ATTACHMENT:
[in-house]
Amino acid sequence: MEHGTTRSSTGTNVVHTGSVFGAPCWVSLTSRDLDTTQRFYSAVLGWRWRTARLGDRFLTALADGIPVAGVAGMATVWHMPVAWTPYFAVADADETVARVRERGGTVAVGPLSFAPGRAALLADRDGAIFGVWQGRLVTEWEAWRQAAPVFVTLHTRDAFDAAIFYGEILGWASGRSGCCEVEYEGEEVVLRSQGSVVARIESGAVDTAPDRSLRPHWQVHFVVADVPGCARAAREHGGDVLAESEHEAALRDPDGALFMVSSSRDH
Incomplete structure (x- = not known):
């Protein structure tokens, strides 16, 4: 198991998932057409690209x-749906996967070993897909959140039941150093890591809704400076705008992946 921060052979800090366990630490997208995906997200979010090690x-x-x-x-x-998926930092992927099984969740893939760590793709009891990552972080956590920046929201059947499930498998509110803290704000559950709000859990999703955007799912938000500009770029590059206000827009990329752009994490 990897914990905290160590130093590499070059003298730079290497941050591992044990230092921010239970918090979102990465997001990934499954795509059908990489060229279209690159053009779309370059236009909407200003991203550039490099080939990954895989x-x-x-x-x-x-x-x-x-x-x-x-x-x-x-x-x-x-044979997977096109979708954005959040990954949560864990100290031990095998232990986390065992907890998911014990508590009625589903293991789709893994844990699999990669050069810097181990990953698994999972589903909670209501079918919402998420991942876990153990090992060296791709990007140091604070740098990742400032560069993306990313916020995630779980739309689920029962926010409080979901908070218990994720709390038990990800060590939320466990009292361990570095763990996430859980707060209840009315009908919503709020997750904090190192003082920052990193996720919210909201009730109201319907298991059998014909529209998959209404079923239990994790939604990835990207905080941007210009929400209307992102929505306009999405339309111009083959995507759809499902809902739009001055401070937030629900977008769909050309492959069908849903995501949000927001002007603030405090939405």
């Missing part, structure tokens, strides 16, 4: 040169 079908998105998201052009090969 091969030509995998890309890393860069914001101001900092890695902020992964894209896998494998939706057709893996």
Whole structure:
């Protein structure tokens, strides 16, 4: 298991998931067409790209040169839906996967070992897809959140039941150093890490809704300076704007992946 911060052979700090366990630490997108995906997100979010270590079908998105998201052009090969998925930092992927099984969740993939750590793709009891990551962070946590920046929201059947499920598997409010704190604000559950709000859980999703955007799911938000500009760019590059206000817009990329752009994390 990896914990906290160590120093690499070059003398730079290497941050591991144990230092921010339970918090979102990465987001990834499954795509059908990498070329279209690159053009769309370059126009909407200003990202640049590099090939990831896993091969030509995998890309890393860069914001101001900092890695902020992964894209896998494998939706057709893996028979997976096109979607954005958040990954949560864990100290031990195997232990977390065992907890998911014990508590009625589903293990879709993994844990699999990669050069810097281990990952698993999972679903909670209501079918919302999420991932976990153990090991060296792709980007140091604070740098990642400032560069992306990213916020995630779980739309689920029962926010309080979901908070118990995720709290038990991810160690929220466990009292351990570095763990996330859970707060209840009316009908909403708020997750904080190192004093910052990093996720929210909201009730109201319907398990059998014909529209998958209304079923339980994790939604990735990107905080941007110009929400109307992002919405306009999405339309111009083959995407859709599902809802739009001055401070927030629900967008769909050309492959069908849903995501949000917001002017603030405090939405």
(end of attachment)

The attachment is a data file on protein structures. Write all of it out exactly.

[in-house]
Amino acid sequence: MEHGTTRSSTGTNVVHTGSVFGAPCWVSLTSRDLDTTQRFYSAVLGWRWRTARLGDRFLTALADGIPVAGVAGMATVWHMPVAWTPYFAVADADETVARVRERGGTVAVGPLSFAPGRAALLADRDGAIFGVWQGRLVTEWEAWRQAAPVFVTLHTRDAFDAAIFYGEILGWASGRSGCCEVEYEGEEVVLRSQGSVVARIESGAVDTAPDRSLRPHWQVHFVVADVPGCARAAREHGGDVLAESEHEAALRDPDGALFMVSSSRDH
Incomplete structure (x- = not known):
């Protein structure tokens, strides 16, 4: 198991998932057409690209x-749906996967070993897909959140039941150093890591809704400076705008992946 921060052979800090366990630490997208995906997200979010090690x-x-x-x-x-998926930092992927099984969740893939760590793709009891990552972080956590920046929201059947499930498998509110803290704000559950709000859990999703955007799912938000500009770029590059206000827009990329752009994490 990897914990905290160590130093590499070059003298730079290497941050591992044990230092921010239970918090979102990465997001990934499954795509059908990489060229279209690159053009779309370059236009909407200003991203550039490099080939990954895989x-x-x-x-x-x-x-x-x-x-x-x-x-x-x-x-x-x-044979997977096109979708954005959040990954949560864990100290031990095998232990986390065992907890998911014990508590009625589903293991789709893994844990699999990669050069810097181990990953698994999972589903909670209501079918919402998420991942876990153990090992060296791709990007140091604070740098990742400032560069993306990313916020995630779980739309689920029962926010409080979901908070218990994720709390038990990800060590939320466990009292361990570095763990996430859980707060209840009315009908919503709020997750904090190192003082920052990193996720919210909201009730109201319907298991059998014909529209998959209404079923239990994790939604990835990207905080941007210009929400209307992102929505306009999405339309111009083959995507759809499902809902739009001055401070937030629900977008769909050309492959069908849903995501949000927001002007603030405090939405």
């Missing part, structure tokens, strides 16, 4: 040169 079908998105998201052009090969 091969030509995998890309890393860069914001101001900092890695902020992964894209896998494998939706057709893996």
Whole structure:
């Protein structure tokens, strides 16, 4: 298991998931067409790209040169839906996967070992897809959140039941150093890490809704300076704007992946 911060052979700090366990630490997108995906997100979010270590079908998105998201052009090969998925930092992927099984969740993939750590793709009891990551962070946590920046929201059947499920598997409010704190604000559950709000859980999703955007799911938000500009760019590059206000817009990329752009994390 990896914990906290160590120093690499070059003398730079290497941050591991144990230092921010339970918090979102990465987001990834499954795509059908990498070329279209690159053009769309370059126009909407200003990202640049590099090939990831896993091969030509995998890309890393860069914001101001900092890695902020992964894209896998494998939706057709893996028979997976096109979607954005958040990954949560864990100290031990195997232990977390065992907890998911014990508590009625589903293990879709993994844990699999990669050069810097281990990952698993999972679903909670209501079918919302999420991932976990153990090991060296792709980007140091604070740098990642400032560069992306990213916020995630779980739309689920029962926010309080979901908070118990995720709290038990991810160690929220466990009292351990570095763990996330859970707060209840009316009908909403708020997750904080190192004093910052990093996720929210909201009730109201319907398990059998014909529209998958209304079923339980994790939604990735990107905080941007110009929400109307992002919405306009999405339309111009083959995407859709599902809802739009001055401070927030629900967008769909050309492959069908849903995501949000917001002017603030405090939405």